Intergenerational transmission of antisocial behaviour (Criminal Behaviour and Mental Health).

Political reconciliation (Political Psychology).

Ageing, cognition and neuroscience (European Journal of Cognitive Psychology).

Sudden Infant Death Syndrome (Developmental Psychobiology).

Mind, Meaning, and Language: Wittgenstein's Relevance for Psychology (New Ideas in Psychology).
You have read this article Special Issue Spotter with the title April 2009. You can bookmark this page URL Thanks!

We like to exploit the luck of others

Psychologists have documented the many irrational ways we think about luck, from the fact we prefer to make our own choice in gambling games (thus increasing our sense of control) to our belief in lucky runs or hot numbers. Now Michael Wohl and Michael Enzle have extended this research by showing that we are prepared to hand over control to others if we believe they are likely to be luckier than we are. Wohl and Enzle call this "illusion of control by proxy".

Across three experiments, university students interacted with what they thought were other participants but were really stooges working for the researchers. If one of these other "participants" described themselves as really lucky, or as being in the middle of a lucky run, the participants were far more likely to want them to pick a scratch card, or to spin a roulette wheel on their behalf, than were students in a control condition with partners who didn't describe themselves as lucky. In the final experiment, student participants chose to gamble more money when their "partner" described him or herself as particularly lucky and had been given the responsibility of spinning the wheel.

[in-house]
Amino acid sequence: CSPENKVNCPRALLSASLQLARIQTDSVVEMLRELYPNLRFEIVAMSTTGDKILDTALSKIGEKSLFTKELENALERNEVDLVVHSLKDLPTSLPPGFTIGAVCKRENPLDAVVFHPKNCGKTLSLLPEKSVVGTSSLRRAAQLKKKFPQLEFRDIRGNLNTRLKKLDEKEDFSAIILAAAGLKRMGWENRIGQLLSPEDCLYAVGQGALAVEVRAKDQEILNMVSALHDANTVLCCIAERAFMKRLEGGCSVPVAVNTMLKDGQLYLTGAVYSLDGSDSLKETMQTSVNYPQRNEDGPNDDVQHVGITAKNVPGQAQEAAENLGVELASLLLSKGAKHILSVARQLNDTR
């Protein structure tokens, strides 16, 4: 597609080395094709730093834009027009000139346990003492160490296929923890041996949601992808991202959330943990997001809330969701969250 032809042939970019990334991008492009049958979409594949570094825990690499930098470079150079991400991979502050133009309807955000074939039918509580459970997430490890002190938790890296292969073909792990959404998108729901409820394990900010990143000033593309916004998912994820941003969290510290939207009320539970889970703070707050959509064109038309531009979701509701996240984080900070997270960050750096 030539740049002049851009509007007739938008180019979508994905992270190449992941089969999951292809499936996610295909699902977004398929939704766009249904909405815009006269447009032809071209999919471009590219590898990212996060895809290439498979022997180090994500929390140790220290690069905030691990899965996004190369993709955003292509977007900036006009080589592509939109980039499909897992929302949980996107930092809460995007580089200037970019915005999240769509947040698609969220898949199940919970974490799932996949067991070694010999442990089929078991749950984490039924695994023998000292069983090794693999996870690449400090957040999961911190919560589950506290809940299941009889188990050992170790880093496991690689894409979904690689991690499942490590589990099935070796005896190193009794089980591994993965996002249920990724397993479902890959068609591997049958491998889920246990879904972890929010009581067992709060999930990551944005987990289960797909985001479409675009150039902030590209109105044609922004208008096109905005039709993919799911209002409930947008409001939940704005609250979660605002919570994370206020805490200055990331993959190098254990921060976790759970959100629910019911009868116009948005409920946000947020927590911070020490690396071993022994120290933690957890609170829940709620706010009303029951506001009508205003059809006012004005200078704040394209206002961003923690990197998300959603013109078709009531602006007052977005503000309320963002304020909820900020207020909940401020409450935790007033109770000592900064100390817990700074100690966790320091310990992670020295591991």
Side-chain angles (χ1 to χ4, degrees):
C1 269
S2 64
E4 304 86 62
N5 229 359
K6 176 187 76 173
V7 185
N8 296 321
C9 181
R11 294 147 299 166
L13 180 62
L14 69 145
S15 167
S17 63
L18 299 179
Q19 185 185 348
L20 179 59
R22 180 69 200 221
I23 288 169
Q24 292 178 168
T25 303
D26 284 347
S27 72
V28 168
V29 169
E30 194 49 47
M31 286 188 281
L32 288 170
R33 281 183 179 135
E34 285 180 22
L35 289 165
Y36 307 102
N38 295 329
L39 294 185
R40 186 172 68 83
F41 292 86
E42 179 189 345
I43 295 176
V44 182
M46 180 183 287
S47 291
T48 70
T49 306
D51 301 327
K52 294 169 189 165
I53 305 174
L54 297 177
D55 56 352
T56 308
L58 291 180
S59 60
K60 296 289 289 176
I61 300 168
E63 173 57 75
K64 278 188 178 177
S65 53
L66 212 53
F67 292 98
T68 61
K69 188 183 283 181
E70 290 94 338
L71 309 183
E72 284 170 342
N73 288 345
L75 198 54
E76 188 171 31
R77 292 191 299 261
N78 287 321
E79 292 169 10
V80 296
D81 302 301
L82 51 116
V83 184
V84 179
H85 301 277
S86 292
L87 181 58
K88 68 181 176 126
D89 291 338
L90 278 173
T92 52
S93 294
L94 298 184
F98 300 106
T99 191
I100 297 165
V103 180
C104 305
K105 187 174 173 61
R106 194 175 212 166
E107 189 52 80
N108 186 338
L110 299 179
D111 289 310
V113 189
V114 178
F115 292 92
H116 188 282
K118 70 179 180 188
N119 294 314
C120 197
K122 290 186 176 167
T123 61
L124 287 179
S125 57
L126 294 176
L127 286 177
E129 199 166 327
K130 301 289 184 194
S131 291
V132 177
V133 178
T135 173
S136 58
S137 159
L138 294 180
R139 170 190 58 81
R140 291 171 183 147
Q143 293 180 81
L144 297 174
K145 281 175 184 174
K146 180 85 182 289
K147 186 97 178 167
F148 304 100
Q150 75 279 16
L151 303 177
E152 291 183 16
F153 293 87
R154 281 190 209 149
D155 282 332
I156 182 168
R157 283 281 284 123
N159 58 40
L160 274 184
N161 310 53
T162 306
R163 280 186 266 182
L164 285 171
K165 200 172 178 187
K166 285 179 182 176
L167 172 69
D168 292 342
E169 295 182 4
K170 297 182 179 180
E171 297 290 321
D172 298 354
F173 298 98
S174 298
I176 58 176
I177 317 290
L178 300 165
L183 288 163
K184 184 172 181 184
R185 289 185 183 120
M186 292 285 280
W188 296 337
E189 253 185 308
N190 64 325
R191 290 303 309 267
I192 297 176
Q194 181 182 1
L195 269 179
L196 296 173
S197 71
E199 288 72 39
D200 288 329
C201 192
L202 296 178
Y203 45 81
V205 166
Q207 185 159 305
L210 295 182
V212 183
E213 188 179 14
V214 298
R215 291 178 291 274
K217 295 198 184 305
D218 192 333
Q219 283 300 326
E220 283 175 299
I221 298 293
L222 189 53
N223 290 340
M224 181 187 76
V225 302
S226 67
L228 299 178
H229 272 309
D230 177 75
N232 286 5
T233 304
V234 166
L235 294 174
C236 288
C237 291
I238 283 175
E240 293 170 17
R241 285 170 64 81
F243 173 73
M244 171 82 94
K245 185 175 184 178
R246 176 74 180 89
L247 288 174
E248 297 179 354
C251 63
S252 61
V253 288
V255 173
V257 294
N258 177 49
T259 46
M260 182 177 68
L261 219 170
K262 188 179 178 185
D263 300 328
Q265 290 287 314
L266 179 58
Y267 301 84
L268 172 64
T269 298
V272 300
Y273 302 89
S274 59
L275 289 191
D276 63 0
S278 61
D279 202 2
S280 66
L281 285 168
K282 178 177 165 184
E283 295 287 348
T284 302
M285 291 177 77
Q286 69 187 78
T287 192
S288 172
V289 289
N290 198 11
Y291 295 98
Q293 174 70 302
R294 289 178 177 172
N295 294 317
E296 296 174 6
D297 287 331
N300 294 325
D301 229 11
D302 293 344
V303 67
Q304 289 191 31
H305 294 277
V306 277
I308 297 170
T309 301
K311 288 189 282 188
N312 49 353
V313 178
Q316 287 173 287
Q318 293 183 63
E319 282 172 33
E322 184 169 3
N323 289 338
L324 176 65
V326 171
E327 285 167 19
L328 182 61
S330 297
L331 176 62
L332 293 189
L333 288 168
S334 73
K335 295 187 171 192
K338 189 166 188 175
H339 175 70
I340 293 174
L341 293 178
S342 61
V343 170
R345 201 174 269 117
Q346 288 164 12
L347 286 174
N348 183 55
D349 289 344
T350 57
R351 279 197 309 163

"The traditional understanding of illusory control would predict that our participants would want to take direct control over the game. Instead our research showed that people readily gave up the opportunity to engage in play to maximise their perceived chance of winning," the researchers said.

ResearchBlogging.orgWohl, M., & Enzle, M. (2009). Illusion of control by proxy: Placing one's fate in the hands of another. British Journal of Social Psychology, 48 (1), 183-200 DOI: 10.1348/014466607X258696
You have read this article Social with the title April 2009. You can bookmark this page URL Thanks!

Covent Garden ballet dancers have been lifting their legs higher and higher

For the last 50 years or more, ballet dancers performing The Sleeping Beauty at the Royal Opera House in Covent Garden have been raising their legs progressively higher. This trend, identified by Elena Daprati and colleagues, provides a wonderful example of how aesthetic form evolves over time, reflecting a mix of changing audience taste and artistic creativity.